Lastly, we found that the improvement of the emotional processing indices between the first and the last writing session applied only to those participants who had had at least a COVID-19 infected or deceased patient among close friends or relatives and to those participants who wrote only twice. Analyzing the average values of those who wrote at least three times and those who did not have a friend or relative infected from COVID-19, it is noted that the emotional processing values were already high in the first writing session and remained so over all sessions. These data are important in that they help us understand to what extent and for whom the expressive writing method could be useful in times of pandemic. It is likely that participants who wrote at least three times were already used to writing about themselves or more generally to reflecting on their emotions. For them, the expressive writing experience allowed them to be more in touch with their emotions. By contrast, those who wrote only twice had a significant emotional activation from first to second writing session. For these participants this high emotional activation probably led to the interruption of the task, which may have been too intense to be expressed and processed during the writing period. Some studies (Jensen-Johansen et al., 2018; Renzi et al., 2020), in fact, evidenced that the degree of people’s emotional regulation ability have a moderating effect on writing disclosure effectiveness. People who score too low or too high in emotion regulation ability found it difficult to benefit from expressive writing. We can therefore hypothesize that those who interrupted the writing task did so due to difficulties in regulating the emotions activated by it. However, those of this group who wrote even only twice saw an improvement in the indices of emotional elaboration. Lastly, the expressive writing method proved to be particularly useful for participants who had at least a COVID-19 infected or deceased patient among close friends or relatives. In fact, in their writings there was an increase in both the emotional involvement and the ability to reflect and give meaning to the challenging emotional experience.

In sum, on the basis of these findings we can argue that the online expressive writing experience can be useful in situations of psychological emergency such as that of a pandemic, and that writing even just once or twice is particularly useful for those who are more directly in contact with situations of contagion and death. However, for some people – especially those with difficulty in emotion regulation – the task of writing about themselves can be too demanding and challenging. For these people, expressive writing could probably be of greater benefit if inserted in a context of support and containment such as that represented by the relationship with a clinician.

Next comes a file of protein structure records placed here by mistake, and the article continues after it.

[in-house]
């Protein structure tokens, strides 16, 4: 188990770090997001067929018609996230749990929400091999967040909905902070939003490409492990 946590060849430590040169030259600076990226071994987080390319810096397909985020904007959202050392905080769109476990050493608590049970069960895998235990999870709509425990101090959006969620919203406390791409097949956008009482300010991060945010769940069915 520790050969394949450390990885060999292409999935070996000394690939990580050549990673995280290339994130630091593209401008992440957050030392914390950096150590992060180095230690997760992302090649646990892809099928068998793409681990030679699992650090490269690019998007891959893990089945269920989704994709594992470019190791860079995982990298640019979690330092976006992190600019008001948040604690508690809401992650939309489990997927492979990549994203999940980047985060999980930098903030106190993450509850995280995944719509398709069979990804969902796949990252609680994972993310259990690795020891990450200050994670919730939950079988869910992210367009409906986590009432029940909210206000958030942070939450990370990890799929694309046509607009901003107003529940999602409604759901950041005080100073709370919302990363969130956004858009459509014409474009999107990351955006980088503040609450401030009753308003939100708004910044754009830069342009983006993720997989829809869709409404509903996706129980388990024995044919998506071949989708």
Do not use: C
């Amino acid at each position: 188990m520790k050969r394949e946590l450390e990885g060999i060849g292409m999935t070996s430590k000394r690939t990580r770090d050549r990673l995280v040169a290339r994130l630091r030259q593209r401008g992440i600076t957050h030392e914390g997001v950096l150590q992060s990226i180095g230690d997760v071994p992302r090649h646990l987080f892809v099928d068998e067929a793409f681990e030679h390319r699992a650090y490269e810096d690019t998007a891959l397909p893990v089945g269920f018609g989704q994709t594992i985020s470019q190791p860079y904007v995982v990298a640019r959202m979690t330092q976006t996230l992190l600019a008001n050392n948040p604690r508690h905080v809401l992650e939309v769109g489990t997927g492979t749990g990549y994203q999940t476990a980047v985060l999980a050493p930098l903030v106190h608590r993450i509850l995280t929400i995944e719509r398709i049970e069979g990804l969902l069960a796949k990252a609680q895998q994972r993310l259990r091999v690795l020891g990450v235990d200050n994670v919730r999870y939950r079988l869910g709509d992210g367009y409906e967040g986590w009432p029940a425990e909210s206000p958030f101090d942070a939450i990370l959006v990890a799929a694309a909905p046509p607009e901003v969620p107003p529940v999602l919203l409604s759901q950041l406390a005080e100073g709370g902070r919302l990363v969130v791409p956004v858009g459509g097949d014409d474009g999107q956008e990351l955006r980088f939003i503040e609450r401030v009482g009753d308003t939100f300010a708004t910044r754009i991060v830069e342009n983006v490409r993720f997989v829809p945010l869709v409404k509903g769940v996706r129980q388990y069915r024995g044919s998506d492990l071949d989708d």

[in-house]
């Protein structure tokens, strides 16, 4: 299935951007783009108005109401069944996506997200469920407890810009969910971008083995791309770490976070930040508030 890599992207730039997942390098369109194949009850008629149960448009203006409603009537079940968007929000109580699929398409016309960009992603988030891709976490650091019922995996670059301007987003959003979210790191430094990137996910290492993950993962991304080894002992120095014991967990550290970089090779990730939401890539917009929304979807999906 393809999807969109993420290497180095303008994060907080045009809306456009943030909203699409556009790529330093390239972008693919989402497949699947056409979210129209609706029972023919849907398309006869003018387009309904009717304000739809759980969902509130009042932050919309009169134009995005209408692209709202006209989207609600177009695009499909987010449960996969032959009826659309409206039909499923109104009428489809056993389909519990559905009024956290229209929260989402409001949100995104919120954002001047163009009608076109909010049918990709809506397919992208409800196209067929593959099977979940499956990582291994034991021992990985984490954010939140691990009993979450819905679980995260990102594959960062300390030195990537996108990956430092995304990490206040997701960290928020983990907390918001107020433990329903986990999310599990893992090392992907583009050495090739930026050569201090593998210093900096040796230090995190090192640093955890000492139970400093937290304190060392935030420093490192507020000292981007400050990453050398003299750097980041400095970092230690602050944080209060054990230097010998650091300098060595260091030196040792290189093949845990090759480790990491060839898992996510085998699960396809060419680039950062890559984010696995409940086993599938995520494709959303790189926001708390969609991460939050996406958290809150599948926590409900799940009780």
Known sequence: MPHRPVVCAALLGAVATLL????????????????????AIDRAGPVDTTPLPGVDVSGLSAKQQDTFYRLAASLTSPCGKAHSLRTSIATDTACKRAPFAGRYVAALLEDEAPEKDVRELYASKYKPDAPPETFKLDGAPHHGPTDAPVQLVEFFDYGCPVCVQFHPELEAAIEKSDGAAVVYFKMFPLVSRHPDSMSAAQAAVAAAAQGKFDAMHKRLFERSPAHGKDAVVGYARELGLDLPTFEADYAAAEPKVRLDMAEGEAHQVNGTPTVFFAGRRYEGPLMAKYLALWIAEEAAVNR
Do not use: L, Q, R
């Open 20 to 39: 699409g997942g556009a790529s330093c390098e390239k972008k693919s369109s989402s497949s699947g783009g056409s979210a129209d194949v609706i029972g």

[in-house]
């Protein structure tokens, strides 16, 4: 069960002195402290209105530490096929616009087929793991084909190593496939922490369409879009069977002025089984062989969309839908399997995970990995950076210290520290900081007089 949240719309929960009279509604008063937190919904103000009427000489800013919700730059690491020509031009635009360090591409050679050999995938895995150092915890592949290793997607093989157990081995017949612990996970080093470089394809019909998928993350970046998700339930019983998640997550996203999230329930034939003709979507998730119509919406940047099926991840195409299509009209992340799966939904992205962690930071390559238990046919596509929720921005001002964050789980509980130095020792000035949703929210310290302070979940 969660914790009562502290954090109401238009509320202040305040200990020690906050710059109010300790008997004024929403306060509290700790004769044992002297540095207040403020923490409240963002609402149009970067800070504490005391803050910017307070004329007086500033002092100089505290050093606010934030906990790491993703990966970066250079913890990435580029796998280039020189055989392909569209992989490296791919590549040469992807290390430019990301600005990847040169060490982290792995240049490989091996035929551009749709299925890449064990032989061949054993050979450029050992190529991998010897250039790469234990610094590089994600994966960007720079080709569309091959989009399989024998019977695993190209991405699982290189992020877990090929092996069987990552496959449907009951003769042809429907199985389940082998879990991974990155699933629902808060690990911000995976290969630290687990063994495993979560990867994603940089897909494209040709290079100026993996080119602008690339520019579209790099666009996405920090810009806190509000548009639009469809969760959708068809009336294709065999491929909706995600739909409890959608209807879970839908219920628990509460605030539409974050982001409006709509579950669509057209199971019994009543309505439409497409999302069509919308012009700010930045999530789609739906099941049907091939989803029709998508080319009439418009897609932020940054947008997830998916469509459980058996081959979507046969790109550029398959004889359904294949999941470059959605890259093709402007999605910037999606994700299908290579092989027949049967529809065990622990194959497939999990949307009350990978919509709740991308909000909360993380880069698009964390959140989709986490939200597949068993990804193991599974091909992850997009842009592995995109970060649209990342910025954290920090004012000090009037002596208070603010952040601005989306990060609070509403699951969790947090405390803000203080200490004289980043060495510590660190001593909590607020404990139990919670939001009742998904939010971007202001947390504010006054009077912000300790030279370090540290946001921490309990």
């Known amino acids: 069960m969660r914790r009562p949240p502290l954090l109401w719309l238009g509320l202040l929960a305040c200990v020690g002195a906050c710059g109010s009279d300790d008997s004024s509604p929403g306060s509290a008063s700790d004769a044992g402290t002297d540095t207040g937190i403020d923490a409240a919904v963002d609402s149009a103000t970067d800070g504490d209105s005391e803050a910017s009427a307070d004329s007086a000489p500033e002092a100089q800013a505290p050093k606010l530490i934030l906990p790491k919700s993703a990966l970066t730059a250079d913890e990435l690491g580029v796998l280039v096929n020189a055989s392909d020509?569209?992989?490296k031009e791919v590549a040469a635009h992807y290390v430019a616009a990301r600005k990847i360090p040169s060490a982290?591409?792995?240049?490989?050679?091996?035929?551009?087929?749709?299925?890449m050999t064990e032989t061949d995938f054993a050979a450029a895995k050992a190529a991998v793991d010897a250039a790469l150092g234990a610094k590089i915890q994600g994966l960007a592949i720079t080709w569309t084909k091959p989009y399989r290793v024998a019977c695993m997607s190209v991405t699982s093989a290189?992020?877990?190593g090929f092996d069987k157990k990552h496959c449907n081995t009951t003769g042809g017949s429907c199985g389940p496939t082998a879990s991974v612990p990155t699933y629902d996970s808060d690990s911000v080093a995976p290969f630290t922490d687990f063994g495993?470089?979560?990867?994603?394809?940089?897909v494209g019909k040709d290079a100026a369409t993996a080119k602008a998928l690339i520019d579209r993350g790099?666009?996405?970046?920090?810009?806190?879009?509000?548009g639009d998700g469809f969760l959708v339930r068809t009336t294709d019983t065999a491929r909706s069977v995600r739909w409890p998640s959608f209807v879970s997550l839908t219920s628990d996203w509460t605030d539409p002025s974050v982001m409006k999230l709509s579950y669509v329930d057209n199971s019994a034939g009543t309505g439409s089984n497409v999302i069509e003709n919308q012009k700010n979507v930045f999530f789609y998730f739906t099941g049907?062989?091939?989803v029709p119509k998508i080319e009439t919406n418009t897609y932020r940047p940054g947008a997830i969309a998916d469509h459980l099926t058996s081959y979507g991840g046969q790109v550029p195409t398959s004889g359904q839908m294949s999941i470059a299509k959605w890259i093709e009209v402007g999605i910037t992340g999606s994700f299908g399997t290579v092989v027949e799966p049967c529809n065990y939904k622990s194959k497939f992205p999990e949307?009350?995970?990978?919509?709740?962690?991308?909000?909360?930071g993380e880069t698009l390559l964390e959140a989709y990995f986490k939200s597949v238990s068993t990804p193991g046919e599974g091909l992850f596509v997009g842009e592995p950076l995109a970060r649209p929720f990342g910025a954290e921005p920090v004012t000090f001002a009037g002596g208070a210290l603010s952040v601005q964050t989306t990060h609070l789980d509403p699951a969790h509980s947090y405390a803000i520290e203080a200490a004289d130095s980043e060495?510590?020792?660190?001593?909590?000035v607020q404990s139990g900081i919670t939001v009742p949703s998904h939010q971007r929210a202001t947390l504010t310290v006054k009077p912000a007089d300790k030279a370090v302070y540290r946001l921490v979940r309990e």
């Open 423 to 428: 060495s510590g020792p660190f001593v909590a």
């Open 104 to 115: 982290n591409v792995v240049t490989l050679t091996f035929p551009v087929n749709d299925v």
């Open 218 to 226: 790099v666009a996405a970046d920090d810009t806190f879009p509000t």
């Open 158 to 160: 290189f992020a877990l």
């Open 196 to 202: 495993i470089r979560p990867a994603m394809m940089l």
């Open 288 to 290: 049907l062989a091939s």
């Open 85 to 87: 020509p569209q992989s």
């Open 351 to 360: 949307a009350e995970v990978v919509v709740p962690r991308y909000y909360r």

Our findings are consistent with those of Cohn et al. (2004). They investigated the linguistic markers of the psychological change surrounding the 9/11 terroristic attack analyzing the diaries of 1,084 U.S. users of an on-line journaling service. They also found an increase in negative emotions and cognitive processes related to the upsetting event and a subsequent decrease in the following days and months. However, they also registered an increase in social orientation (namely how often participants used words such as talk, share, or friends and personal pronouns other than first-person singular) and psychological distancing (namely articles and words of more than six letters and inverse scores for first-person singular pronouns, words indicating discrepancy from reality, and present-tense verbs) that we did not observe. We believe that this difference is due to the fact that in our case the participants did follow a real expressive writing protocol differently from Cohn and colleagues’ study where diaries were posted to be read online. Moreover, the different nature of the threats that the writers were experiencing in the two different contexts may also have played a role. The linguistic analyses of our respondents’ writing have showed that expressive writing in times of an upheaval, such as a pandemic, can lead to a significant emotional engagement and elaboration.